Kiev Activist: Life 'Dangerous' for LGBT Ukrainians
BY Thom Senzee
July 09 2014 9:35 AM ET
For Bogdan Globa, founder and executive director of Tochka Opory|Fulcrum, an LGBT rights advocacy organization in Ukraine, the dream of celebrating LGBT Pride the way he saw it done in America seems farther away than ever following the cancellation of Kiev's March for Equality last week.
Yet this young gay activist remains determined and optimistic in a country he sees as intoxicated with machismo after having stood up to its behemoth neighbor to the north, Russia. However, that bravado is making it harder than ever to be an LGBT Ukrainian.
Globa, whose organization includes a project similar in mission to PFLAG called TERGO, and his mother, Olena Globa, visited the U.S. in 2013. While in America, mother and son marched in Baltimore's Pride parade.
That experience led Globa to hope he and his colleagues back home in Ukraine could successfully fight for freedom and equality for LGBT people in the nation. He is involved in helping establish and grow what he and his peers hope will someday become an annual LGBT Pride celebration in Kiev.
Unwilling to be discouraged by the demise of Kiev's 2014 March for Equality, Globa recently took time to answer a few questions for The Advocate about this year's failed attempt to build on last year's modest Pride event in his country's capital city. His answers shed light on the depth of the challenges facing LGBT people in Ukraine, despite the new government's professed desire to achieve Western European-style respect for human rights.
The Advocate: Was the event Saturday supposed to have been the second annual Pride event in Kiev?
Bogdan Globa: In fact, this was the third attempt. The first March for Equality was planned in 2012, but it also failed because of lack of security. Then about 3,000 radical activists arrived on the site of the Pride march. Last year LGBT activists managed to march 300 meters guarded by numerous border police and internal troops — about 1,000 police officers. This year the police refused to defend participants in the march.
What are your feelings about the cancellation?
For me, it was an expected decision. I believe that the organizers of the Pride rushed to announce about it. The situation in Ukraine and in Kiev is highly radicalized — there are too many ... groups interpreting LGBT as an enemy and the number of attacks on the LGBT community has now been increased. At the same time, our police are very weak after the revolution and demoralized by the events in the east. Moreover, I guess it was an exam for our new government. I heard homophobic comments from our officials, particularly from so-called liberal [Mayor Vitali] Klitschko. I believe that our government failed the exam on an understanding of what democracy is.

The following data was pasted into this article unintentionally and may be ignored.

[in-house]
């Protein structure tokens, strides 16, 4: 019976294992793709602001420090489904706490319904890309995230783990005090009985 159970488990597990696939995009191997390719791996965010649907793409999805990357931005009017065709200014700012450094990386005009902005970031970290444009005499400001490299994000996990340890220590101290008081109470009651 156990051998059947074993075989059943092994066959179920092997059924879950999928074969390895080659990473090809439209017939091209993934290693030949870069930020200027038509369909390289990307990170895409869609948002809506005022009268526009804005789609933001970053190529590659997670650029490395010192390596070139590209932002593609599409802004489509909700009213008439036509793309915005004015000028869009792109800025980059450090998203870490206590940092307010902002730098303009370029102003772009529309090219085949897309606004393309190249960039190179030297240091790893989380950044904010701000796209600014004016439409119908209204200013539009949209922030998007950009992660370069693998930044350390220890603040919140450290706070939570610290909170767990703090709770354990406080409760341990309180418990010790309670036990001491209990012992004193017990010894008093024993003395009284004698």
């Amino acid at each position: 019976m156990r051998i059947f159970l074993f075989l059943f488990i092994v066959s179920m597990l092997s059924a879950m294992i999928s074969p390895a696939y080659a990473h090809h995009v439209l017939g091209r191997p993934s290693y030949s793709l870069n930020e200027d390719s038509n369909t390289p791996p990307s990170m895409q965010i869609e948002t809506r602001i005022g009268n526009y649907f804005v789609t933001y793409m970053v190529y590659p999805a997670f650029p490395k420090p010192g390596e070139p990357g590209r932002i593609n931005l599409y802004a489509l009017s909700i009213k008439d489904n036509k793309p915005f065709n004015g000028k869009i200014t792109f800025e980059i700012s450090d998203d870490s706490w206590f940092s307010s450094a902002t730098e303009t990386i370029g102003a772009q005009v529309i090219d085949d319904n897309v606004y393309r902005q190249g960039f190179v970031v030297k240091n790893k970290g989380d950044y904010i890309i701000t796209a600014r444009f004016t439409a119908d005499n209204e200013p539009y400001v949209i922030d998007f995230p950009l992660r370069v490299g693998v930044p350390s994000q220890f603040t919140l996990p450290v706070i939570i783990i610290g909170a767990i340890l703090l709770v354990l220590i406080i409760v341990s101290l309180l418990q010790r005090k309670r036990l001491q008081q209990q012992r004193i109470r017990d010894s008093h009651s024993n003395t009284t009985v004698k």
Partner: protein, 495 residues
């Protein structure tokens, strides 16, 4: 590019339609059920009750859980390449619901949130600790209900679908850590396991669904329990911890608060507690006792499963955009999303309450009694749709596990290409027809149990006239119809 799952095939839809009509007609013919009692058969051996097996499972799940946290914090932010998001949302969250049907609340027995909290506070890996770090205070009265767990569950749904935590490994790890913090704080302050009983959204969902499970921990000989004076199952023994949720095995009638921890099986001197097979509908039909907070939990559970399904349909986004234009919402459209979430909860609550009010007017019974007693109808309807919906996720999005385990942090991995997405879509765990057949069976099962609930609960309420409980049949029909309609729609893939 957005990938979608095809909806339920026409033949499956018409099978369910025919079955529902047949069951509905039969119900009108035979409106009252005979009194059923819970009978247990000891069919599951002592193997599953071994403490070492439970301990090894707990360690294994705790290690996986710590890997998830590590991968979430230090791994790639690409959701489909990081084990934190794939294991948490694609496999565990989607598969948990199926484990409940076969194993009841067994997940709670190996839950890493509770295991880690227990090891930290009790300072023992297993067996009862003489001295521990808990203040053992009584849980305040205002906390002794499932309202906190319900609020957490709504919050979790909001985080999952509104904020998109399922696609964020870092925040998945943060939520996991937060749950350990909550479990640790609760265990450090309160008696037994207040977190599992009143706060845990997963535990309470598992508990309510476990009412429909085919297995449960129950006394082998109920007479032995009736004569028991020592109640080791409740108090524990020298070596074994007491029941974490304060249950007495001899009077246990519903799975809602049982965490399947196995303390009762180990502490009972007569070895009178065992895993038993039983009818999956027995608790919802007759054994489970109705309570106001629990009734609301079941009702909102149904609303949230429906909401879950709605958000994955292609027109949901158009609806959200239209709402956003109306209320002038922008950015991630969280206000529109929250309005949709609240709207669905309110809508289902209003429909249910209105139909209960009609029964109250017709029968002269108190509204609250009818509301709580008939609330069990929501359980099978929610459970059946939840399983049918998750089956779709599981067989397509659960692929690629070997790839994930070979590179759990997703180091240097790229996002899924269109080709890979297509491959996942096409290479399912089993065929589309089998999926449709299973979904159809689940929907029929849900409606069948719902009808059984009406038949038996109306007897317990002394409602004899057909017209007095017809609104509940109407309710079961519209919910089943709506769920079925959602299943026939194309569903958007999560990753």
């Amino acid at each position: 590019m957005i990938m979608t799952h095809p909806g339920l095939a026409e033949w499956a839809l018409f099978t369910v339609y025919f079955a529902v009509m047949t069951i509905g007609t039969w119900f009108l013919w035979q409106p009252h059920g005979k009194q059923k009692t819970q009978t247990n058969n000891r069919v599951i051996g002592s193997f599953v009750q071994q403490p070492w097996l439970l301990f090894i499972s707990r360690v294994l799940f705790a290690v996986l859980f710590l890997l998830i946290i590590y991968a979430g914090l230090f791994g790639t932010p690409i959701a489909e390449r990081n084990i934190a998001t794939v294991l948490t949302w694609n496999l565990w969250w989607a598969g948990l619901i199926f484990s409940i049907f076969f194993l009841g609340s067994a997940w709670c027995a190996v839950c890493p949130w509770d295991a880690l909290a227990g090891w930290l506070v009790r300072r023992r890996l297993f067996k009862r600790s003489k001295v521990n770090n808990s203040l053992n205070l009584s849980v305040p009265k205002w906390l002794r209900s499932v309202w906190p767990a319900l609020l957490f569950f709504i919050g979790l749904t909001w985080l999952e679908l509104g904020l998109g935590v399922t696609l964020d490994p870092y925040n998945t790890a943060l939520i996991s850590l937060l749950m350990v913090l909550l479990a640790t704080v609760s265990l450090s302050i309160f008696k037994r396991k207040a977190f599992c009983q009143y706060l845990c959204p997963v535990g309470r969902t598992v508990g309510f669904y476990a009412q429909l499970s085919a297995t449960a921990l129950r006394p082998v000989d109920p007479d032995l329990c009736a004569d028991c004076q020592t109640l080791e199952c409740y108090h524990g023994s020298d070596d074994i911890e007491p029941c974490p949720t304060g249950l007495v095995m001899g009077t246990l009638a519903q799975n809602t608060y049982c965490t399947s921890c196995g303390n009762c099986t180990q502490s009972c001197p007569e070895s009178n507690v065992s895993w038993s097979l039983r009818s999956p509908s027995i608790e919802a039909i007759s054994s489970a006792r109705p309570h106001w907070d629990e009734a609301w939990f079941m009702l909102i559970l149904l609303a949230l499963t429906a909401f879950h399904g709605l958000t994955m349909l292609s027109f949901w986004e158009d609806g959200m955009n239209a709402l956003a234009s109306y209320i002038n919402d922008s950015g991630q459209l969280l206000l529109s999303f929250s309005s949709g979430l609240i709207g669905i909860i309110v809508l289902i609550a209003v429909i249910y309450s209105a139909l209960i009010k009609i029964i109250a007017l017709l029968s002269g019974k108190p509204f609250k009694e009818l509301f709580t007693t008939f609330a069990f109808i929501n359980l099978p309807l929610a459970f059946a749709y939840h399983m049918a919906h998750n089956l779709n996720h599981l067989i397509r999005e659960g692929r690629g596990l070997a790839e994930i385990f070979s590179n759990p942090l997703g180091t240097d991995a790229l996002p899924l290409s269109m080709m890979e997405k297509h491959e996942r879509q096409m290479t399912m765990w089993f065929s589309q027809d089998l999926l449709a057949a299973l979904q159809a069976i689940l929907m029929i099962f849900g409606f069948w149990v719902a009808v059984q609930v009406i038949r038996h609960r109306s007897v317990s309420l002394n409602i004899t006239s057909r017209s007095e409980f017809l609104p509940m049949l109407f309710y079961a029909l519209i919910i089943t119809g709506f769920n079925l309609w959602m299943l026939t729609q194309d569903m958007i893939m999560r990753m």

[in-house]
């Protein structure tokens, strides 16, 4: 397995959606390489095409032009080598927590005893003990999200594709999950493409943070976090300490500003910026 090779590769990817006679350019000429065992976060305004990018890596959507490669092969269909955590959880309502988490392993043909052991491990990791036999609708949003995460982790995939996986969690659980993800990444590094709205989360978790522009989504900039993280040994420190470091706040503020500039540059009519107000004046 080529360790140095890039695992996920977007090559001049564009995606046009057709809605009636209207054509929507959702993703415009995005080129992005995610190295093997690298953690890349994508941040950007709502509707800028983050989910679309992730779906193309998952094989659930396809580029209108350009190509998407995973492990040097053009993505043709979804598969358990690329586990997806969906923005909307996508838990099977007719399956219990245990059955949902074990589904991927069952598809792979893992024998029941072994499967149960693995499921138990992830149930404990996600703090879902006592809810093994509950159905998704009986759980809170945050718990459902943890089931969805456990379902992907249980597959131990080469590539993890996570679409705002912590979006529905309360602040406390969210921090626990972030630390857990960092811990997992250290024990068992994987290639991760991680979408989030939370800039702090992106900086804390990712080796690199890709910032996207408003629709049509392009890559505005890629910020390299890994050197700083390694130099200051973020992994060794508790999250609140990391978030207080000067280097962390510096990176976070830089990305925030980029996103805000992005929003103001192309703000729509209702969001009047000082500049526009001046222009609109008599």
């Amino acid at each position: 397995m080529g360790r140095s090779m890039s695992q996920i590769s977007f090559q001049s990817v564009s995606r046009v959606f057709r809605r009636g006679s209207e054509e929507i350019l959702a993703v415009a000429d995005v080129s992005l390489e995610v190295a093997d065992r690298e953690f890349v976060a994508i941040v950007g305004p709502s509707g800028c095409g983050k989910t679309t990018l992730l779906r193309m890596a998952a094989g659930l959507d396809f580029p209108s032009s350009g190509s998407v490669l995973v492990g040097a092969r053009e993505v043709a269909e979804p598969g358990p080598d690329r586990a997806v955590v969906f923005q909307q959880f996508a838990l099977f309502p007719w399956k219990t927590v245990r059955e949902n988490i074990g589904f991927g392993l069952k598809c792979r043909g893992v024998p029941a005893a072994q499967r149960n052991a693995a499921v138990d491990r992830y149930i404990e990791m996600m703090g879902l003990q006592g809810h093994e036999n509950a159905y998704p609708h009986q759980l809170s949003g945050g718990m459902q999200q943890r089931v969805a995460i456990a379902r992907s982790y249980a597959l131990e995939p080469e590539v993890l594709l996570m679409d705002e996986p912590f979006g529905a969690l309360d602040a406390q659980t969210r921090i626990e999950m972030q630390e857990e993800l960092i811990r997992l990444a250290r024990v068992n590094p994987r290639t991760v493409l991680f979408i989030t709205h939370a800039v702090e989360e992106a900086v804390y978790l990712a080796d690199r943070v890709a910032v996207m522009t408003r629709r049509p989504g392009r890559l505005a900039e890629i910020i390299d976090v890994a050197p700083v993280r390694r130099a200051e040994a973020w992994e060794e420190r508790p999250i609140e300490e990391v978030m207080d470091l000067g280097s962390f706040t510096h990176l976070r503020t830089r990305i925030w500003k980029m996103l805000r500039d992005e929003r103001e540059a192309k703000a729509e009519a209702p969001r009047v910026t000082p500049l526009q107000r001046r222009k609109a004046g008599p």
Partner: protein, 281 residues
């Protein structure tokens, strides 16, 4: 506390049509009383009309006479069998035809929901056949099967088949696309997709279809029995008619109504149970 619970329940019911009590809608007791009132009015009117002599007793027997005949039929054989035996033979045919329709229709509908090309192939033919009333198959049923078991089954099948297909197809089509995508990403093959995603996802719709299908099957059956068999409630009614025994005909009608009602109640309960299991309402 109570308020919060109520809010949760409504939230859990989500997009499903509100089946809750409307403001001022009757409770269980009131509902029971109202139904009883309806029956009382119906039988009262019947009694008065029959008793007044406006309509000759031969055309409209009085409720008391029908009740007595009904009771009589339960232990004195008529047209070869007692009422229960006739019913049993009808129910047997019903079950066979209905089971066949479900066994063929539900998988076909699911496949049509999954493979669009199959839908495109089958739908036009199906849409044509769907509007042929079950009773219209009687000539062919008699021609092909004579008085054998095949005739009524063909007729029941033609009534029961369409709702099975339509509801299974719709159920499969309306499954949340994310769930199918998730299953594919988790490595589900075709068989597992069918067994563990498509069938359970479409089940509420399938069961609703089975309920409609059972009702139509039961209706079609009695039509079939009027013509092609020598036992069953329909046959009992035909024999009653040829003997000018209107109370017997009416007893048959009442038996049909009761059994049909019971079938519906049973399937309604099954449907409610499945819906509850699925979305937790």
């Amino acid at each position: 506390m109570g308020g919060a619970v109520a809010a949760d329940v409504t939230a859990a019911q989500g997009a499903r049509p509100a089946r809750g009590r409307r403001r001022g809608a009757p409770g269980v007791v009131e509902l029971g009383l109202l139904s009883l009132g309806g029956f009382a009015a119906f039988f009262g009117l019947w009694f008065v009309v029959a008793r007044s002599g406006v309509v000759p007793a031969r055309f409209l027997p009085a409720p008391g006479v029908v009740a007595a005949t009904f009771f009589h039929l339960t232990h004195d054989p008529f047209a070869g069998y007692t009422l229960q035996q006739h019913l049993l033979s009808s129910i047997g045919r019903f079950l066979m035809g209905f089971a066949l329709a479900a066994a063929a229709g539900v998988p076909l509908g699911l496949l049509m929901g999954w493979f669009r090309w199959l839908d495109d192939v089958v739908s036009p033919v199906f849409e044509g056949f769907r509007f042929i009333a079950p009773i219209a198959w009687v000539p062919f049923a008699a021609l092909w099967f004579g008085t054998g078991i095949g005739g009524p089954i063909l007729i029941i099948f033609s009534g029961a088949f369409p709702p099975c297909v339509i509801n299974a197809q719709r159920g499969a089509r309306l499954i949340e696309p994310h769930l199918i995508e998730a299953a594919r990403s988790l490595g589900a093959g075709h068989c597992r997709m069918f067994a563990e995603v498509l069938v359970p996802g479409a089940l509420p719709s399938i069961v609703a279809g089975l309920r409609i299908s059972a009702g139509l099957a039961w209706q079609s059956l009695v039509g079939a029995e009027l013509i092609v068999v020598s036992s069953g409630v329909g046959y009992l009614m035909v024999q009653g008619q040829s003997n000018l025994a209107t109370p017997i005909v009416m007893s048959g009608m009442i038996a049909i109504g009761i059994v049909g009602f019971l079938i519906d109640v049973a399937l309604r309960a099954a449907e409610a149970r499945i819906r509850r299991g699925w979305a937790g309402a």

What is life like in Kiev and Ukraine for LGBT people in general?
Dangerous. Now it has been becoming even more dangerous. All expected the situation after the revolution of dignity would get better, but I think that on the contrary, people have become more aggressive and radical groups gained the trust of ordinary people. Now it is fashionable to be a strong, courageous, masculine man in Ukraine.
Do you fear that this unwillingness by police and city officials to support and protect the March for Equality is contrary to the stated goal to be more European and Western in terms of values?
The police realized that they have no power to protect the participants of the event. I understand their position. There is a real and objective reason. At the same time, I believe that the administration could make a more valid claim by saying something like, "We support human rights and the right to peaceful assembly but cannot ensure the security of the participants and therefore have to ask about cancellation of the event." Instead, the administration and Mr. Klitschko made a quite homophobic statement and accused the LGBT community of the provocation. I feel sad.
Is there a sense that Americans and Europeans will not continue to support a government that seems unwilling to protect its LGBT population?
It depends. This would be great policy, but Ms. [Angela] Merkel [Germany's chancellor] is not concerned with LGBT rights. As for the White House, I'm not sure. I sincerely hope that they will pay attention to it. Although on the background of the Cold War with [Russian president Vladimir] Putin, LGBT rights issues seem unimportant. I think the situation [is that] ordinary LGBTs will be pawns [and] larger political games will continue. And no one realizes that throwing a "hot potato" to each other on Twitter by the two administrations leads to the fact that ordinary LGBTs face ... aggression every day. But who cares?
Just to clarify, is Kiev Pride 2014 and March for Equality the same organization?
How many members does TERGO have and how hopeful are you about growing support for you mission?
Active and supportive are about 20. I am sure that the moment of the truth has come. More and more LGBT people are coming out. More and more people start realizing the objectivity of homosexuality. Parents who usually have one or two children don’t have much choice: to accept the peculiarity of their children or to face lonely aging. TERGO may facilitate and speed up the process of acceptance which may be very painful when you are all by yourself with the problem. The challenge is what form this movement may [take] under the circumstances of real war and economic stagnation as the aftermath.